Manchester United manager Sir Alex Ferguson has blamed 'powerful' television companies for the lack of a winter break in the English football schedule. The veteran miserable old Scotsman feels that a two-week break across all English competitions would give the soft-a-shite players 'a rest' and 'reduce the risk of minor injuries' to the big poufs later in the season, reports Metro. '[The winter break] is not just to give the players a rest, it is to get rid of all the little injuries they carry,' wninged Ferguson. 'It would also freshen everyone up mentally, including my staff because they could do with that break as well.' From you? That, I can believe. Despite a post-Christmas break being supported by current England boss Fabio Capello and other managers, Ferguson believes that there is little chance it will ever happen. He accused football's governing bodies of failing to take into account the views of players, coaches and clubs, claiming that this is an indication that 'TV has too much power.'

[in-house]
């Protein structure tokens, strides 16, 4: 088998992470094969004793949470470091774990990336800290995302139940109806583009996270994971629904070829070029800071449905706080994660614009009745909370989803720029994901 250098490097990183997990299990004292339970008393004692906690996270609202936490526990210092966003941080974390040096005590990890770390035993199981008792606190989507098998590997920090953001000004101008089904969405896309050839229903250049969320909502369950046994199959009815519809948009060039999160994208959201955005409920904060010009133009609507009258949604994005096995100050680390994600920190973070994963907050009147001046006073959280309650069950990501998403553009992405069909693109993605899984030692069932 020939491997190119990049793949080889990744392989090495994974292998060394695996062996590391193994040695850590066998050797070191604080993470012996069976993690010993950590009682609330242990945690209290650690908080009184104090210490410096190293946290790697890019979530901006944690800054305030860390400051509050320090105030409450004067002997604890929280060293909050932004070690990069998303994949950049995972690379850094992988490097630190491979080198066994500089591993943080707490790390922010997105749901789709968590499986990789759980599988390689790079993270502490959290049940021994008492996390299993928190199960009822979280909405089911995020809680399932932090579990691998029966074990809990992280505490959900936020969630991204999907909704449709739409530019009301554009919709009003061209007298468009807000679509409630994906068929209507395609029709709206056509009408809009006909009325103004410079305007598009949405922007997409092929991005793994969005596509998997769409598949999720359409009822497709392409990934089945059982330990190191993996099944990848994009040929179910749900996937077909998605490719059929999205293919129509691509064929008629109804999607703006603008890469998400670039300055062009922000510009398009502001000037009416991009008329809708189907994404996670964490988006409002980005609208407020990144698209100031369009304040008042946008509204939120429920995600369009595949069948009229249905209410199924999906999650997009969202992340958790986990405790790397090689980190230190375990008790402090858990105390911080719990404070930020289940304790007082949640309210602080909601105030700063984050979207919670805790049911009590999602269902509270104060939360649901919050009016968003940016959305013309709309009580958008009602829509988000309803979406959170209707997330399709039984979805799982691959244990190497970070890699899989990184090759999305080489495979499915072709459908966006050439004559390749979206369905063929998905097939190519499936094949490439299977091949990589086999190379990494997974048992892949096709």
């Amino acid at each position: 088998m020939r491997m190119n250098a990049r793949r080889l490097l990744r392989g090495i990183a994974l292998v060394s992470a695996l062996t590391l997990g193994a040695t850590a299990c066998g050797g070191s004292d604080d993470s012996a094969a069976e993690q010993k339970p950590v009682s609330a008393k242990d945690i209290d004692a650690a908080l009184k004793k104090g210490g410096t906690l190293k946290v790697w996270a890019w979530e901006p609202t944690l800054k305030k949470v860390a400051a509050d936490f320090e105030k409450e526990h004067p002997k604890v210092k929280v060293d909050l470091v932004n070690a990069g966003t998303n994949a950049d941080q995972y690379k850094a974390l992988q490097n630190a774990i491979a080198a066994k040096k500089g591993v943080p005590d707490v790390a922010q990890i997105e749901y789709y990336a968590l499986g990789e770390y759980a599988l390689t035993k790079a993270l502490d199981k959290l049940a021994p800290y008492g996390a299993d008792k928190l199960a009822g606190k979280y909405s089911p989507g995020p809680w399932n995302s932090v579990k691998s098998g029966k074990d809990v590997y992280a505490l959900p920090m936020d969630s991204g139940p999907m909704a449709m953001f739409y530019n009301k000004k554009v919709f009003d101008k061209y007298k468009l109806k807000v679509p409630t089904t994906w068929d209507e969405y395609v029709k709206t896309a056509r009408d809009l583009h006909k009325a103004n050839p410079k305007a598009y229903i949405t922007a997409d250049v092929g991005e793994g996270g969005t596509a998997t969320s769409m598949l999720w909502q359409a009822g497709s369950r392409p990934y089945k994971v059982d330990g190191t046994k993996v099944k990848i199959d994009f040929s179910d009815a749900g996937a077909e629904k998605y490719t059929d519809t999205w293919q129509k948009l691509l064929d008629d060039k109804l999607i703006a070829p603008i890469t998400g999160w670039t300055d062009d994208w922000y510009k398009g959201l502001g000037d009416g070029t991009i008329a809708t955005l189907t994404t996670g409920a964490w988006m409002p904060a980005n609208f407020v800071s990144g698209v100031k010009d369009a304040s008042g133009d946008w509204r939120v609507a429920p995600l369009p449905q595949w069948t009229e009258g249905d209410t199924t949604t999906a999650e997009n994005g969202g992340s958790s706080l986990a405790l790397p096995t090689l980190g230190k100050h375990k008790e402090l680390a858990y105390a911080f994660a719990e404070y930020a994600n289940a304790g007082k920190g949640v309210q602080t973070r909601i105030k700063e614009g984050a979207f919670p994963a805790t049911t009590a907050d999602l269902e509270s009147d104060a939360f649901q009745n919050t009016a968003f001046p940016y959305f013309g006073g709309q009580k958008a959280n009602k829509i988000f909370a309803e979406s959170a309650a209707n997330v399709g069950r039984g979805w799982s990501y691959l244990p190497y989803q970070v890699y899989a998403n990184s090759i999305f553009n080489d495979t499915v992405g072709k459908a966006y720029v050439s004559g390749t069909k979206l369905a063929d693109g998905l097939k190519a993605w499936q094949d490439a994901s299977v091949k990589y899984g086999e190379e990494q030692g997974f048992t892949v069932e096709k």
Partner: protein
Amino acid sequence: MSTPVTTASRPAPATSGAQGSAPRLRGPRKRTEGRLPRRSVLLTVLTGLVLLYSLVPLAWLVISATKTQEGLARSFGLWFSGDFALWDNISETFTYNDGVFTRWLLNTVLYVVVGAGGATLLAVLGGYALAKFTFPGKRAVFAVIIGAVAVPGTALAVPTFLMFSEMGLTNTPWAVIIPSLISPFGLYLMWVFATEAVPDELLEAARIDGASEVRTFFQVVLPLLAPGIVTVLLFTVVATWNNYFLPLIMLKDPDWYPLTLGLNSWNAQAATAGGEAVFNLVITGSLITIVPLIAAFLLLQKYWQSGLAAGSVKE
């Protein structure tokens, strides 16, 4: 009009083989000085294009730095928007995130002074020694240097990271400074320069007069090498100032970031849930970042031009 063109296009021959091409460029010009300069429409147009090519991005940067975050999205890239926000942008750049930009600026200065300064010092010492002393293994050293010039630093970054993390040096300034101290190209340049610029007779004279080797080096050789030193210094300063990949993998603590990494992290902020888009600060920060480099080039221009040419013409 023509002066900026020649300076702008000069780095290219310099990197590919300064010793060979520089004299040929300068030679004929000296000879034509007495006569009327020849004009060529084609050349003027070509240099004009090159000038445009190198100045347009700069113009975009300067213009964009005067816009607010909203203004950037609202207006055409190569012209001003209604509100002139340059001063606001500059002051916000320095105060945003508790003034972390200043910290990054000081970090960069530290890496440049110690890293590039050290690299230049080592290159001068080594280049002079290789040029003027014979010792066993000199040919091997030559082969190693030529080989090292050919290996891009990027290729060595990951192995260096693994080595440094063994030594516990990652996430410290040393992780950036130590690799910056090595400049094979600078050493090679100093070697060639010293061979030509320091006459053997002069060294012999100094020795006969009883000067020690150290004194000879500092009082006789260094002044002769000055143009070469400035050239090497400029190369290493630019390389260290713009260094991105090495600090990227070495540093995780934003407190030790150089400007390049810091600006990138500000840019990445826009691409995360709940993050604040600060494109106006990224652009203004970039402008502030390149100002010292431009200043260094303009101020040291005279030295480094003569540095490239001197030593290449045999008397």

An unidentified man has urinated on around one hundred and ten packets of cough drops in a pharmacy. According to WESH.com, the incident took place in a Walgreens store in Sanford, Florida at 10.30am last Thursday. After relieving himself and costing the drugstore an estimated three hundred dollars, the man tried to fill his prescription but didn't have the right paperwork. The mess was only discovered when an employee of the store went to re-stock the shelves and noticed a strong smell of urine. A customer expressed her disgust, saying: 'I hope [the police] find him. He's gross.' The man 'didn't appear to be drunk or intoxicated,' stated Sergeant David Morgernstern. 'I'm not sure what the problem is, but he does need something. He does need to go to jail for what he did. But he [also] needs some sort of help, because why would you urinate in Walgreens on cough drops?' Maybe he just, you know, really needed to go. or maybe the manager told him to piss off. So he did. Police have released CCTV footage of the incident in the hope that they can find the phantom slasher responsible before he strikes again.

For today's Keith Telly Topping's 45 of the Day, we've got one of the greatest singles ever made from yer actual Jesus of Cool, Curtis Mayfield, dear blog reader. Bite yer lip, and take a trip.